Our recent paper on a very cool spider that masquerades as bird-droppings has made the cover of Current Zoology.
In this study Yu Long, then a PhD student at Hubei University in China, combined field observations, field experiments and visual modelling to test whether Phyrnarachne ceylonica spiders aggressively mimics bird droppings in order to deceive potential prey. I was lucky to visit Xishuangbanna Tropical Botanic Garden in beautiful Yunnan in 2015 while I was a postdoc at the National University of Singapore working on jumping spiders. This is where I met Yu Long and was able to give him a hand searching for bird-dropping spiders in the undergrowth of the forest for his experiments.
During his field observations, Yu Long found that the spiders attracted as many fly and hymenopteran prey as nearby fresh bird droppings, and much more prey than a bare leaf. In the next stage of his project Yu Long either experimentally whitened or blackened the spiders to look at how this affected prey attraction rates. As predicted, prey was attracted to experimentally blackened or whitened spiders significantly less frequently than to unmanipulated spiders. Finally, by measuring the colour of the spiders and bird droppings, we were able to show that both of these objects can be seen by visiting fly and hymenopteran prey when contrasting against background leaves. However, the spiders and bird droppings were visually indistinguishable from each other when looking through the eyes of a fly or bee.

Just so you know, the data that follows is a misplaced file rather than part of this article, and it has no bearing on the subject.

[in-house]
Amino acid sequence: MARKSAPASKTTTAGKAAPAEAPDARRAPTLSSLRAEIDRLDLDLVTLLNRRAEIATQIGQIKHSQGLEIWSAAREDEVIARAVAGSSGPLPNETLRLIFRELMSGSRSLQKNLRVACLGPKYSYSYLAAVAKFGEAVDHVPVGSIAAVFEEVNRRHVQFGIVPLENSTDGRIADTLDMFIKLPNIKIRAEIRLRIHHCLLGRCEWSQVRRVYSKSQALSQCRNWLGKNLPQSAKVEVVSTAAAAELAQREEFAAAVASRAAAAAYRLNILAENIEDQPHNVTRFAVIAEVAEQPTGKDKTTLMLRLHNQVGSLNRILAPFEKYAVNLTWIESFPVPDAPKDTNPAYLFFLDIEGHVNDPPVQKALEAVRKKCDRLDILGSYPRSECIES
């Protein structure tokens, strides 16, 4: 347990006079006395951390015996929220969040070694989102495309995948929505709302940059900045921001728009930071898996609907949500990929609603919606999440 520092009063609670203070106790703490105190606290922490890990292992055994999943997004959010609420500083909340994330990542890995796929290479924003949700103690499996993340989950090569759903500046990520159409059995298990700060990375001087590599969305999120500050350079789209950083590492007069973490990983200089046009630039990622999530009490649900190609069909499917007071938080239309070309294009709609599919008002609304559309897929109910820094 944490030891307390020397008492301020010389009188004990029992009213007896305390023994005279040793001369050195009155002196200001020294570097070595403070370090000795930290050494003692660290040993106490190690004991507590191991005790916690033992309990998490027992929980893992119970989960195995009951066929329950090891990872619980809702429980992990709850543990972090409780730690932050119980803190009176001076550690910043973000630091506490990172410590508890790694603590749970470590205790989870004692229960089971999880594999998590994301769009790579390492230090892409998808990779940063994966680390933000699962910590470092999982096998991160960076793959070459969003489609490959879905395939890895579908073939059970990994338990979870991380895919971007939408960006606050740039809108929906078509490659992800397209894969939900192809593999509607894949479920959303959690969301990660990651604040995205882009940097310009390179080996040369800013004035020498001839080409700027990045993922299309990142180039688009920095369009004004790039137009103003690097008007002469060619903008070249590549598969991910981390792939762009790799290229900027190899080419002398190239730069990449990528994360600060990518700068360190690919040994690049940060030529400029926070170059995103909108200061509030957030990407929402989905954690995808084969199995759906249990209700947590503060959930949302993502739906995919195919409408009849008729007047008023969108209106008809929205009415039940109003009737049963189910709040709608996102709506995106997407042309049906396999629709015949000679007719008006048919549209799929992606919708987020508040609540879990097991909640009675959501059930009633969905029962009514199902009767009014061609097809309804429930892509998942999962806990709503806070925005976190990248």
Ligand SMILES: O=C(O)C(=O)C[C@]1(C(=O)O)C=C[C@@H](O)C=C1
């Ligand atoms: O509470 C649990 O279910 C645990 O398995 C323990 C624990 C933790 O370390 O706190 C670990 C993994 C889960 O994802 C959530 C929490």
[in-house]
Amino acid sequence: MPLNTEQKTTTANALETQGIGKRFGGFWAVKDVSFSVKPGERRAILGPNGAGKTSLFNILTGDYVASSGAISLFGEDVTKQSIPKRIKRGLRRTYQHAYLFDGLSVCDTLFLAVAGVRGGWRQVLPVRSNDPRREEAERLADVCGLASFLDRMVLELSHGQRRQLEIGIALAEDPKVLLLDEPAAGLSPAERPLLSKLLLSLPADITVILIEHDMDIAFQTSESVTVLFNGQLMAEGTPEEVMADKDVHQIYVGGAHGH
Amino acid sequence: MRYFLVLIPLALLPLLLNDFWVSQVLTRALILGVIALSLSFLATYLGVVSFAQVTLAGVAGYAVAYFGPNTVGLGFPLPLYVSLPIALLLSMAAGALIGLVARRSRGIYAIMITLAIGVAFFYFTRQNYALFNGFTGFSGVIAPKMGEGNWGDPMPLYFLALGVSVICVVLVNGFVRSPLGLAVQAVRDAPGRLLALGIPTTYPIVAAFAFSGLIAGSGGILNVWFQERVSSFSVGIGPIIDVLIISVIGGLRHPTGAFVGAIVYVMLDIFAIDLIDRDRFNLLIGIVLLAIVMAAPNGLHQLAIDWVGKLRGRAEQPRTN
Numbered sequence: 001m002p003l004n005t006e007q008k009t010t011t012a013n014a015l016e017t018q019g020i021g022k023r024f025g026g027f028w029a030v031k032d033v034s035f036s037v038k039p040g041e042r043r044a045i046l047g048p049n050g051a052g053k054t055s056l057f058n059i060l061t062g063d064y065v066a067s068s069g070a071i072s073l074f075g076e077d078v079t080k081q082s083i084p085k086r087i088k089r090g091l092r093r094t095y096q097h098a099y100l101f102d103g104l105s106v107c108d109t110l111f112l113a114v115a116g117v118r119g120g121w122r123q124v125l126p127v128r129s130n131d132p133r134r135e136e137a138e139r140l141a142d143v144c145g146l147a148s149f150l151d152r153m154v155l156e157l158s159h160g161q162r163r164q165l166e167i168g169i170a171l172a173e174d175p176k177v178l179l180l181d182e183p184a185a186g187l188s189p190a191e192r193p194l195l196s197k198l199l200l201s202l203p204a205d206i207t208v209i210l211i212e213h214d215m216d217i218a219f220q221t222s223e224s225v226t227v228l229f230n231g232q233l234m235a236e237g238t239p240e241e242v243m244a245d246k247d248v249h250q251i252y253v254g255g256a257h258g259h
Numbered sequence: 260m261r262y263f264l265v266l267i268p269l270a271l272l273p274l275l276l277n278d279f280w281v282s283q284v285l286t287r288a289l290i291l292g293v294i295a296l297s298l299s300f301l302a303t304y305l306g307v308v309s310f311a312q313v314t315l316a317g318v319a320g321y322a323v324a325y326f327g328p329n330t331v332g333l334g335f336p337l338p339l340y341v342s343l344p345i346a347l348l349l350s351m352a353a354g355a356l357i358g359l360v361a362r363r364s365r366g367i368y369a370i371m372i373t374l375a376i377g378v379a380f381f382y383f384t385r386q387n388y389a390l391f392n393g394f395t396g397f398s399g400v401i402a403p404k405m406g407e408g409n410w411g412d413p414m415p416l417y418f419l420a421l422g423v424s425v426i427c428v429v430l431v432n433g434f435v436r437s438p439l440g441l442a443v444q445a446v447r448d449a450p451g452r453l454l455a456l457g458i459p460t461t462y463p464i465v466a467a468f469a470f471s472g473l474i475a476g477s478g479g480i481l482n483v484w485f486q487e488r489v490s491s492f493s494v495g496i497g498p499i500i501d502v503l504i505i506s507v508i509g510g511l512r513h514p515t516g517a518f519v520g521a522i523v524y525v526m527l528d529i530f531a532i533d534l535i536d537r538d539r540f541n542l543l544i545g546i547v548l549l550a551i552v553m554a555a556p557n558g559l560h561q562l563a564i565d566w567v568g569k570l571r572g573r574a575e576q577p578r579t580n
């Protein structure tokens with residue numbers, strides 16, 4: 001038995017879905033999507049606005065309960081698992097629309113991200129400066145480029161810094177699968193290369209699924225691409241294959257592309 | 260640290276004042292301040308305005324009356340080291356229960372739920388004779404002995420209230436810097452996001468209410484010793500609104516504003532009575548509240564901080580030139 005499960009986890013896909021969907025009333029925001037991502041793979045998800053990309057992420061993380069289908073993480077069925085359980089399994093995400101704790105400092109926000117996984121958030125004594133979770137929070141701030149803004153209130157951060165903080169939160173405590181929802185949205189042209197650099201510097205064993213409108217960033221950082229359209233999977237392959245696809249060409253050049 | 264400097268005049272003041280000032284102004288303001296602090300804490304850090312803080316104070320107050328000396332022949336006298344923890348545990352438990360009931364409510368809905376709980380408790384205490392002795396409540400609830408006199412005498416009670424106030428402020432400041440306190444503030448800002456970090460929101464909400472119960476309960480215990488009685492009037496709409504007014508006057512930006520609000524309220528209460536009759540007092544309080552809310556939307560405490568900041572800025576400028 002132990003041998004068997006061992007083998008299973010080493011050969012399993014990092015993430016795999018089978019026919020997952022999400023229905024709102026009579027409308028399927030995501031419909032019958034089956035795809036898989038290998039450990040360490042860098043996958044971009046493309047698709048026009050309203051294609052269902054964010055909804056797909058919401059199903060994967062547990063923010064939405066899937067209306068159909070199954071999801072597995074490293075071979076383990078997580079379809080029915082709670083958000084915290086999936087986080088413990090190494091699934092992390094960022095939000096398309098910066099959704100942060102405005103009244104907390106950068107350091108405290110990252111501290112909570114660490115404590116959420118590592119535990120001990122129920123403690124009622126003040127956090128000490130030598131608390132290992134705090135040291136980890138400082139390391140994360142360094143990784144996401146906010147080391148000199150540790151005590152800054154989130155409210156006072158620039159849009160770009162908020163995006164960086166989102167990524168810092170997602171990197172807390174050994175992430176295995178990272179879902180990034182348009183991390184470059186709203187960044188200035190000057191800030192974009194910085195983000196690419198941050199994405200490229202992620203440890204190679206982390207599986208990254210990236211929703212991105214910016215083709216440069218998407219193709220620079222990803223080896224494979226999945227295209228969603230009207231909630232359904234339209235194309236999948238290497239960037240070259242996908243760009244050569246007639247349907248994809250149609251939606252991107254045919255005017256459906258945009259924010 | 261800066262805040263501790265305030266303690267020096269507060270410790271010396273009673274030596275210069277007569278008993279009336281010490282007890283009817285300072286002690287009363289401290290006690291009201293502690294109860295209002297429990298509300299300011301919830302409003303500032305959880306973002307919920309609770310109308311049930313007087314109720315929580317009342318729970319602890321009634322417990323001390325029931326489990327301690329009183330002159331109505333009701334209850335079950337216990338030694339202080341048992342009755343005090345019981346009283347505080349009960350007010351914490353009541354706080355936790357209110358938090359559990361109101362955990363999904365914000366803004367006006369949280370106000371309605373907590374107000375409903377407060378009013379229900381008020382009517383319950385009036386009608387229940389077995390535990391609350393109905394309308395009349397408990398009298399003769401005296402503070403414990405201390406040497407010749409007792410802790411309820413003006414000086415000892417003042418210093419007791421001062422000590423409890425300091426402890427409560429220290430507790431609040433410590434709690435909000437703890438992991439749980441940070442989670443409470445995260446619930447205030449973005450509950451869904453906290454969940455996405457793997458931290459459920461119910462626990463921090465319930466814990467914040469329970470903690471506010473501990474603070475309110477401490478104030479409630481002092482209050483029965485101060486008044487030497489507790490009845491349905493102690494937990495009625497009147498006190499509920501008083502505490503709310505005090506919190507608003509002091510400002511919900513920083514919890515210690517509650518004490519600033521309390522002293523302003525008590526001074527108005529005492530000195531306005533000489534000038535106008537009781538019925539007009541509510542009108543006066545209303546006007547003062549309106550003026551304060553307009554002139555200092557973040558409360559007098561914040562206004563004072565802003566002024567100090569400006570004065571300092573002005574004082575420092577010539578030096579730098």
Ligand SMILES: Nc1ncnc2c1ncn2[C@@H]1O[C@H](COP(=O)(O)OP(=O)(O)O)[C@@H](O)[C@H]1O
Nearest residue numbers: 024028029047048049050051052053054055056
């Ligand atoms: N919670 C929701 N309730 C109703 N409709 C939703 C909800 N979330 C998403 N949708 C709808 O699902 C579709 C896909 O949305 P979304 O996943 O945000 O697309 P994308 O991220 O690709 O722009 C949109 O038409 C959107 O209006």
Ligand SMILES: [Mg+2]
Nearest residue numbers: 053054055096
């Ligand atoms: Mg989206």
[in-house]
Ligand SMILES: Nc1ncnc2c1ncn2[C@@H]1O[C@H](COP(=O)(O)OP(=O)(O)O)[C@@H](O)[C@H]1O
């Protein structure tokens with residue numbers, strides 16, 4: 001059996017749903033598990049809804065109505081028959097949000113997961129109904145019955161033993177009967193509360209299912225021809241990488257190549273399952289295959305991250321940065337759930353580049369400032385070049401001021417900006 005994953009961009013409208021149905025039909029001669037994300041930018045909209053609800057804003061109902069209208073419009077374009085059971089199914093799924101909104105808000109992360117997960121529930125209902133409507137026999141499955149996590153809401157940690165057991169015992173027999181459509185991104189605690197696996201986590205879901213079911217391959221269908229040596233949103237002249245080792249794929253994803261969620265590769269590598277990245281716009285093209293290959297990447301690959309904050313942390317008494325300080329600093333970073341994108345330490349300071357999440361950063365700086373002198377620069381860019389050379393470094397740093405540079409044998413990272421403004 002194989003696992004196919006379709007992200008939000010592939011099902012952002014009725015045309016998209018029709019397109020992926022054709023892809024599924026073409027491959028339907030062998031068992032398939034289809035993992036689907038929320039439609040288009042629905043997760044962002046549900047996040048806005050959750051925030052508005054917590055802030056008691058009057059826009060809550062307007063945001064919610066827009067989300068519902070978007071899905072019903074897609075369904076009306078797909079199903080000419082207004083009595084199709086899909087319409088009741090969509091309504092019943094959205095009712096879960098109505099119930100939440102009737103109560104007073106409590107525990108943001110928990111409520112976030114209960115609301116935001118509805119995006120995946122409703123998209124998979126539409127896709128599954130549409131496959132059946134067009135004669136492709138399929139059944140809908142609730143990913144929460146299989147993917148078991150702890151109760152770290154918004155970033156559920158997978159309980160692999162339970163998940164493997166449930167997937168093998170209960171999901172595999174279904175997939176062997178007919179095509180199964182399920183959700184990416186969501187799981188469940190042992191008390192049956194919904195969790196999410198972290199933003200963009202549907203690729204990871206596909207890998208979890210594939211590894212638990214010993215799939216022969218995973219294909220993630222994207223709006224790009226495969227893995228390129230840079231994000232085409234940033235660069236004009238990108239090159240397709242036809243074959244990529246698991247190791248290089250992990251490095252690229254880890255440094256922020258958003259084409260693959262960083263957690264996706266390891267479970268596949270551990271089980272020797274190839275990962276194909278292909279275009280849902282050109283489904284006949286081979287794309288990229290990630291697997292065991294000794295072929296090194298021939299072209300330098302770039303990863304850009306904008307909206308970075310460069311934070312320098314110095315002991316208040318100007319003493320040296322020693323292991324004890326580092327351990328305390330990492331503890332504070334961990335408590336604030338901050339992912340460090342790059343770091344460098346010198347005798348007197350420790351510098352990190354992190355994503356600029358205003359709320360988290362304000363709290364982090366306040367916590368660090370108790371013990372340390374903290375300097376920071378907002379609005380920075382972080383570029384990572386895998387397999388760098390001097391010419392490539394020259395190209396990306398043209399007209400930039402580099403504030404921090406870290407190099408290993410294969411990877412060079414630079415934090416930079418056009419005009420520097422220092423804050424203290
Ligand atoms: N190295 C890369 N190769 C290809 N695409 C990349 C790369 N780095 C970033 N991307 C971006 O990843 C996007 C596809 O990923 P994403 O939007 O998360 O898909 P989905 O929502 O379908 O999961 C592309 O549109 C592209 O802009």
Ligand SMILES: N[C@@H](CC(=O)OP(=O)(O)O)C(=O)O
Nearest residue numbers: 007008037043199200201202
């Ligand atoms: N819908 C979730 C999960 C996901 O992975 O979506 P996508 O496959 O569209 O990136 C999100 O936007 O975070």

Together these findings suggest that insects attracted to spiders may misidentify the spiders as bird droppings, meaning that the spiders not only receive benefits of looking like bird poo to avoid being picked off by predators, but also use aggressive mimicry to lure unsuspecting prey looking for a pooey feed.
Just some of the fascinating invertebrates found in the Xishuangbanna Tropical Botanical Garden